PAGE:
Amy Webb, one of America’s leading futurists, thinks news organizations failed to imagine their own future. If we want journalism to survive, we need to think differently, she says.

On December 1st, Amy Webb joined the podcast Tinius Talks to discuss future prospects for news and journalism. Webb is the founder of the Future Today Institute and publisher of the annual Tech Trends Report.

Listen to the podcast here.

In the podcast, Amy Webb explains how news organizations must think differently if journalism is to survive.

– News organizations are not digital native organizations and the people who build stuff in these organizations are having to do that in the heavy framework and legacy of news. It’s a problem, Webb says.

She describes that the digital native businesses create products that are easier to use and more frictionless than legacy players.

The truth is there is a lot of digital subscriptions. The challenge is that we all might hope that people will prioritize the news organization, but the reality is that they aren’t, Amy Webb says.

– What is the value proposition? It can’t be altruistic only, she adds.

Løken Stavrum ask Webb what the future will bring for news and journalism.

– If news organizations wait to make one huge bet on the future, the probabilities are not with them. I would much rather see news organizations be willing to make a thousand tiny bets to see where things happen, Webb explains.

The problem is people don’t like uncertainty. But we are surrounded by deep uncertainty. Deep uncertainty warrens deep questions and we have to be willing to be flexible and ask questions and confront our cherishes believes, Webb says.

In the podcast Webb describes a model she uses to help advise companies think about the future.

See the video to hear Webb describe the cone below.

According to Amy Webb, one of the reasons the business model for news is no longer working is because news organizations lost control of distribution.

– It’s about distribution. No one was taking the evolution of distribution seriously. And once we’re talking digital, media don’t own the distribution anymore. Which means that you are subject to whatever somebody else wants to do, Webb says.

Løken Stavrum ask Webb about the relationship between news organizations and global social platforms who control much of the digital distribution.

I don’t see Google and Facebook as friends of news organizations. Even in a frenemy situation everybody has something to gain, Amy Webb says.

– There is no way to compete. Before we had editors as arbiters of what content that was published. That’s not what’s happening now. The fact that Facebook is okay with publishing lies that can sway the future of an entire country, that’s an incredible amount of power, Webb says.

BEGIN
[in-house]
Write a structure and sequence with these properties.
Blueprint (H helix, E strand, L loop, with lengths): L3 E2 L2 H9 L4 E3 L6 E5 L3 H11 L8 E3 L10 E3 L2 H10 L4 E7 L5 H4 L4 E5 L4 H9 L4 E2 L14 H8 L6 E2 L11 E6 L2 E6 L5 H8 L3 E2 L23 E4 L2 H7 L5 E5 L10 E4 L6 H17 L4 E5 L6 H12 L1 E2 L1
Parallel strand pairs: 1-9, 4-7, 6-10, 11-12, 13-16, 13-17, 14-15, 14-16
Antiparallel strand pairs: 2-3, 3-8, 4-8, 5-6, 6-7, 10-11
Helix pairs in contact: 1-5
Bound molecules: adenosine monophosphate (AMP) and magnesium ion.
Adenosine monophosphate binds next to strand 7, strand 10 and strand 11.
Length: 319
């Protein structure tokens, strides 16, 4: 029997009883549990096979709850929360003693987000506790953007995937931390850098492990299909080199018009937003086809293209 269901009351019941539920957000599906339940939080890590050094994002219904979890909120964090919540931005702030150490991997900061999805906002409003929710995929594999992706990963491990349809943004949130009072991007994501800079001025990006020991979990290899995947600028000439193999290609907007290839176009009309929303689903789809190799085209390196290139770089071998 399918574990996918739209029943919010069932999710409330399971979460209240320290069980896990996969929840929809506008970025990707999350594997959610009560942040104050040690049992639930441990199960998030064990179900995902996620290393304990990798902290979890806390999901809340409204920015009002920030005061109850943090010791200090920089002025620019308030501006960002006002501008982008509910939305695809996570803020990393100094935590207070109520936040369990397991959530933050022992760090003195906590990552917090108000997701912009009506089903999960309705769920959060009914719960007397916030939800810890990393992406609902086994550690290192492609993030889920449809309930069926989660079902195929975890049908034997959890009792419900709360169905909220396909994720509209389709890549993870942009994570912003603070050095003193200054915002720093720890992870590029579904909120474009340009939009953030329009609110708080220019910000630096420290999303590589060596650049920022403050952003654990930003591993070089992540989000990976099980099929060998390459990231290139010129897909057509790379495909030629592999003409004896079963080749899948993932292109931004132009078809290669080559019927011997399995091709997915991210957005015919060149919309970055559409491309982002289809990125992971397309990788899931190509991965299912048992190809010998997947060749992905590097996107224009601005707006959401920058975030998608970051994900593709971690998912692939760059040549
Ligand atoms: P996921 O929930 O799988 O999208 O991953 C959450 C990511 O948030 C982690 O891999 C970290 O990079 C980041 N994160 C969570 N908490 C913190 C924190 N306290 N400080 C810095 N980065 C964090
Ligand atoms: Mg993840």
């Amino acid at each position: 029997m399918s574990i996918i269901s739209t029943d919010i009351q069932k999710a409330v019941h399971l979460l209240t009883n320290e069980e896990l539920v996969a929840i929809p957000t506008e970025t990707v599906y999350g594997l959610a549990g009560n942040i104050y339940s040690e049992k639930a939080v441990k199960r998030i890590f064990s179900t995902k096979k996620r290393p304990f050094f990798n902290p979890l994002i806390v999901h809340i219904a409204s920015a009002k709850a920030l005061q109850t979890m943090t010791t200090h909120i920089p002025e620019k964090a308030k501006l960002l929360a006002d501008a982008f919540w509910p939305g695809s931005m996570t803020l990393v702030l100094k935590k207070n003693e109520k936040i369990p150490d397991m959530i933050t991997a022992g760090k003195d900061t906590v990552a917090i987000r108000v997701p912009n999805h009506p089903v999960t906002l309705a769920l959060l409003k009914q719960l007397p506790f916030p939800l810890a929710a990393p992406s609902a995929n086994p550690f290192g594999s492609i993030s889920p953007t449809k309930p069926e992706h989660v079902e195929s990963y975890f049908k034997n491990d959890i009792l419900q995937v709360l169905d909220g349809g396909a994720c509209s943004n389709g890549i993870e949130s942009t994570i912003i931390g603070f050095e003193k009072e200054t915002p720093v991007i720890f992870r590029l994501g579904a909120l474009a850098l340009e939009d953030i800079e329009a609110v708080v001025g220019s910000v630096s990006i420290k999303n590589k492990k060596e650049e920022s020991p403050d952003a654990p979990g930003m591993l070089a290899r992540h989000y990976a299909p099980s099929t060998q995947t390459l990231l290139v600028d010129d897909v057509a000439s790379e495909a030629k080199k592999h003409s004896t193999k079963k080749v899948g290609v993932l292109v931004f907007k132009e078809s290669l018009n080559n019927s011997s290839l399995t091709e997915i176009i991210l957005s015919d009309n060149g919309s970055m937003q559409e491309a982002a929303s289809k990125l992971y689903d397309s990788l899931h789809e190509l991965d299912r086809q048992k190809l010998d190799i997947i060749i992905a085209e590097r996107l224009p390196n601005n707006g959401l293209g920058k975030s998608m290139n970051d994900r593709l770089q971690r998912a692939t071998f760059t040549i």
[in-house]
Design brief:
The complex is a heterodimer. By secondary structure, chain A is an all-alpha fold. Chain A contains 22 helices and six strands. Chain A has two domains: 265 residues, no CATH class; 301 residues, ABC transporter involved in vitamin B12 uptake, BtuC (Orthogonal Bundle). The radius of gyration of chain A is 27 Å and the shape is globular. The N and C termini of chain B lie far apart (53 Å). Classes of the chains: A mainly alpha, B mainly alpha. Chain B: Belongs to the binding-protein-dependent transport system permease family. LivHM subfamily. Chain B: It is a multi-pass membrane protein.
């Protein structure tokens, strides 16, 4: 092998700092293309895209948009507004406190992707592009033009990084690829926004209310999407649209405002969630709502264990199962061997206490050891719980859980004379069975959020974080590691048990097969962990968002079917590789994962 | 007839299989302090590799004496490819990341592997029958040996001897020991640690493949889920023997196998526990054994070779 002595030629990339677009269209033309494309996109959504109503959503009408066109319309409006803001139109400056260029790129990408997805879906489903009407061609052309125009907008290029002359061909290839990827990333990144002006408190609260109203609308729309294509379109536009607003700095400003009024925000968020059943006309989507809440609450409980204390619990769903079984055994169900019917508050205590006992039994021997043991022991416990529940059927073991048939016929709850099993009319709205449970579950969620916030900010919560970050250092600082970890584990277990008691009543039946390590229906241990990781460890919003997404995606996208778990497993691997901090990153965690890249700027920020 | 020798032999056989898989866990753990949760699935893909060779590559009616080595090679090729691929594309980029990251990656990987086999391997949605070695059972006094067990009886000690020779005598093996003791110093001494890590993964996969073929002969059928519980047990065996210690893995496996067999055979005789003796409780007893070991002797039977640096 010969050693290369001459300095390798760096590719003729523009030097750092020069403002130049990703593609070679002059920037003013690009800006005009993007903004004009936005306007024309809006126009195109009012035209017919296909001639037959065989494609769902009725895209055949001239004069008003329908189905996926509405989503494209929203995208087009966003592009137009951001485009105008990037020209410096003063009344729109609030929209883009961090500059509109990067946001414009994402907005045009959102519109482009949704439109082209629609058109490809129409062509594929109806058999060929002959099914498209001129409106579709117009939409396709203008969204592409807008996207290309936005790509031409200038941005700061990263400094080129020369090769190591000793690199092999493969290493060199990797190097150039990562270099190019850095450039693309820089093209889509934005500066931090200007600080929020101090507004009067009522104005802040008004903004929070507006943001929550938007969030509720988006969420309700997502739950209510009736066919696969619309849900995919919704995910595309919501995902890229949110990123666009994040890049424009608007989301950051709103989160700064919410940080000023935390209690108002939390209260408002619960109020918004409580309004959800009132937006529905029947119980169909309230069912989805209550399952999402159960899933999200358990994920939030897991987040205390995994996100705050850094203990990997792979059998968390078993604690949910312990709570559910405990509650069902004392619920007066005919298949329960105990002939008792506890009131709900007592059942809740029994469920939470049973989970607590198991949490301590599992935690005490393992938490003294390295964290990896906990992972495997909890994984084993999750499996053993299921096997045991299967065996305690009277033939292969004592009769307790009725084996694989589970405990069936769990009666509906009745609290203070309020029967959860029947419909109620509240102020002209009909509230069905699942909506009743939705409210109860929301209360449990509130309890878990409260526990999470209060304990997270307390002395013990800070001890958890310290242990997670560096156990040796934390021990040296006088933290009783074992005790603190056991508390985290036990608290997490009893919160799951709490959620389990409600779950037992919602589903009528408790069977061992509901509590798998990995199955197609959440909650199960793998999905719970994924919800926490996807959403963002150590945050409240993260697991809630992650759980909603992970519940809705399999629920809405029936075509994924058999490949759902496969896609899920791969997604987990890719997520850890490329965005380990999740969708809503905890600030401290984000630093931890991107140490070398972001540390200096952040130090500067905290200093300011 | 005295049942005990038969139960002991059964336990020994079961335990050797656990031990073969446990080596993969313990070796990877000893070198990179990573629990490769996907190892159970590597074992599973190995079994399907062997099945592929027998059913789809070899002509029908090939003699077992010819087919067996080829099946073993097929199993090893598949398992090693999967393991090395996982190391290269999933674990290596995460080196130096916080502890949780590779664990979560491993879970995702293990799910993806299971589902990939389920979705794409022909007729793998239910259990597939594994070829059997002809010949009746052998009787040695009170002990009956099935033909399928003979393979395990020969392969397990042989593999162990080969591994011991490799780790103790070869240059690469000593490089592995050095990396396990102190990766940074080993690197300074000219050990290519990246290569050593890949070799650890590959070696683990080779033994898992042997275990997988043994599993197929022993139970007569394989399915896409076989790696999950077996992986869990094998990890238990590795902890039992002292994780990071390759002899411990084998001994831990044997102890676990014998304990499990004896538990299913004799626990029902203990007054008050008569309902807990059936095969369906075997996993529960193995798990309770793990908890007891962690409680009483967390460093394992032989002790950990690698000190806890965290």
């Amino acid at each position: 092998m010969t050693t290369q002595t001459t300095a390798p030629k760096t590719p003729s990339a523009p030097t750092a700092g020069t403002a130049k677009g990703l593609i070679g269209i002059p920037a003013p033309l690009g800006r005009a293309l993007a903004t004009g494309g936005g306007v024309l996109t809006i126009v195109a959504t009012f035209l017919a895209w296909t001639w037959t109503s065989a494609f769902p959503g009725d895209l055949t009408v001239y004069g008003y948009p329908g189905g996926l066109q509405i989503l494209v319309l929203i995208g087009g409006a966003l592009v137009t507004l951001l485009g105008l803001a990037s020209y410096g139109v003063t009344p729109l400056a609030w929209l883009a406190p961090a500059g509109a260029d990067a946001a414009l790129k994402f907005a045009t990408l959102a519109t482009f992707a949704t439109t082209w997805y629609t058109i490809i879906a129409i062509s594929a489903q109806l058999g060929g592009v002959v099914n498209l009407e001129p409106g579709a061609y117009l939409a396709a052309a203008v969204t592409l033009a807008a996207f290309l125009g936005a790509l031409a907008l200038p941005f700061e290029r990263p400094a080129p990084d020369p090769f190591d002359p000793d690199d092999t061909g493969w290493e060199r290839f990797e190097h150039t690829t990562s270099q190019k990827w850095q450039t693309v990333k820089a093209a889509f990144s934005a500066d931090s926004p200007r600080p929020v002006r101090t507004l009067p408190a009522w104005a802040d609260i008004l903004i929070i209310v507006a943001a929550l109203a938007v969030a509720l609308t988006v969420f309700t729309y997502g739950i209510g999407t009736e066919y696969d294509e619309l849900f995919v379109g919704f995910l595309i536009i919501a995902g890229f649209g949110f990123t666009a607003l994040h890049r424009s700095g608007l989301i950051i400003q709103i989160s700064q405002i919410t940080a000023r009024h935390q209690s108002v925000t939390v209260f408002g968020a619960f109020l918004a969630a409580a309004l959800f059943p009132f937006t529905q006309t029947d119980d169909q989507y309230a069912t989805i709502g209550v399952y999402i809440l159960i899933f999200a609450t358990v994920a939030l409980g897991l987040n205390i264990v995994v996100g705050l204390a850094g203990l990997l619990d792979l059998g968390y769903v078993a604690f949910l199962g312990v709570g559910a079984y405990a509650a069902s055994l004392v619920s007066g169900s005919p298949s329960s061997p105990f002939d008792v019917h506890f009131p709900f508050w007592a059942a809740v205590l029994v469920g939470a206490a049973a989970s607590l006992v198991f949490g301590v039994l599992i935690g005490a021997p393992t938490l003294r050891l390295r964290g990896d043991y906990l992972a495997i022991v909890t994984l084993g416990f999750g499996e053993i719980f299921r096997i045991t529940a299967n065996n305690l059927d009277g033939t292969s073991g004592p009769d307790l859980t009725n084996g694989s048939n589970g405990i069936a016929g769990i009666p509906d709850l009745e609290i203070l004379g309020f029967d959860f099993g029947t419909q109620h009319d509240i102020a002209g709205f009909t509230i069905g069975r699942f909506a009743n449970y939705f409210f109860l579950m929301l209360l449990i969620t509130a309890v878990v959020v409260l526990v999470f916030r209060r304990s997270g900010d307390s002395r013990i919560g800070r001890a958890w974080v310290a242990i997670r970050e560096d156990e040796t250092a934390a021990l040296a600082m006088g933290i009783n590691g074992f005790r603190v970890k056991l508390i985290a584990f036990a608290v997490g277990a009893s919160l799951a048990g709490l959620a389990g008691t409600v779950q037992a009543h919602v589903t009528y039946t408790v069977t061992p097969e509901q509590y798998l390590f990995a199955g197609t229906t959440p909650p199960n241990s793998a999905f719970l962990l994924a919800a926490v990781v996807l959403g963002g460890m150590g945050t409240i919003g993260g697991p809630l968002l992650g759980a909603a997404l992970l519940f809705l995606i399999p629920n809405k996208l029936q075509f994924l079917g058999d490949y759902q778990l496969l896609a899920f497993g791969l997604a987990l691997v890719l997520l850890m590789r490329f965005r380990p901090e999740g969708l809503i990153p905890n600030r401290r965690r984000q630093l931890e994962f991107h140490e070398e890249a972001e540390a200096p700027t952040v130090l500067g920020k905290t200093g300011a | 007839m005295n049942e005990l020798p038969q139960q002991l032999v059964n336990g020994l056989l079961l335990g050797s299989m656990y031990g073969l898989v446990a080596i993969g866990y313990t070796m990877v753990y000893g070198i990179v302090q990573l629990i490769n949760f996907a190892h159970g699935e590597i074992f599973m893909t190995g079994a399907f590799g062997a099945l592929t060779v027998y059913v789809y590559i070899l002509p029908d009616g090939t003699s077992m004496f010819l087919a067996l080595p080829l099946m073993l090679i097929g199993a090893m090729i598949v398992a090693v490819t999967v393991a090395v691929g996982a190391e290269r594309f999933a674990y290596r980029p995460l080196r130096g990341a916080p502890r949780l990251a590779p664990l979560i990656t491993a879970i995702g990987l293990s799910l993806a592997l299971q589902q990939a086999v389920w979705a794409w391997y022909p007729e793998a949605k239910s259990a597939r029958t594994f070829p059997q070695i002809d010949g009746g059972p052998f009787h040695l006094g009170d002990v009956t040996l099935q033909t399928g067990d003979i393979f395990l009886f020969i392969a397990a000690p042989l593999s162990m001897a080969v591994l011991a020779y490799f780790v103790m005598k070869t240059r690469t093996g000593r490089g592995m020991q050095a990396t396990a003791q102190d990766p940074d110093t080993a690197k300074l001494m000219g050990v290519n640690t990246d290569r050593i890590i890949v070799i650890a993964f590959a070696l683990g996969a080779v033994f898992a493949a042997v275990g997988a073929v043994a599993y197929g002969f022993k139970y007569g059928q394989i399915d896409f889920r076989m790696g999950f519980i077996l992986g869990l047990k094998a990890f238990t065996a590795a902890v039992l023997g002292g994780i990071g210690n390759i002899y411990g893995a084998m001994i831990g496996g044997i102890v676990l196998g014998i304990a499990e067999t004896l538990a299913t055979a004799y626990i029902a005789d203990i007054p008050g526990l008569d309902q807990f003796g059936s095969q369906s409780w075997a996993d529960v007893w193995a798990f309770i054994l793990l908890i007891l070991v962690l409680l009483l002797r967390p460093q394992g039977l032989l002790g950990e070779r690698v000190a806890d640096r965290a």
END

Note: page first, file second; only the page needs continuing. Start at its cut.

Løken Stavrum ask Webb if there is any alternative solution to the huge power of global social platforms.

– Right now, they are optimizing shareholder value. We have to find a way to incentivize stakeholder value, Webb says.

That is my way to say we need to make these companies earn more money. I think it would help to come up with economic incentives for putting stakeholders at the center, Webb says.

She recommends developing a human’s values list that the social media platforms should report on.

– It would be an attempt to create a baseline catalogue of what we value and why, all around the planet. From there we would be able to make better decisions and hold tech companies more accountable, she says.

Amy Webb also believes society should treat data as a public good.

Most of us are disenfranchised from the digital economy because everybody else is making money using our information. Is there a way to use a distributed ledger, so that every time a transaction is made, we are getting a part of the profits? I know that it can be done using blockchain, Amy Webb says.

See the video to hear Webb describe the use of blockchain to share the value of data below.

In the podcast, Amy Webb describes how media consolidation is one consequence of a broken business model in news organizations.

– We see a tremendous amount of media consolidation. With that consolidation comes trade-offs. I would argue that people’s lives are at stake. Democracy is at stake. Our way of live is at stake, Webb says.

She believes newsrooms and journalists must think differently if they want to succeed in the future. Webb believes exchanges between news organizations and other organizations is one way to help journalists learn about other kinds of company culture, decision making and long-term planning.

Do exchanges. It’s a different kind of collaboration that could be beneficial, but it would require an investment in thinking differently, which I don’t see a lot of, Webb says.

At the end of the podcast, Amy Webb express her engagement for journalism.

– I have yet to see a news organization that is doing what needs to be done to sustain itself in the future. That being said, I donate a lot of money to different news organizations all around the world, because I care a lot about journalism, Amy Webb says.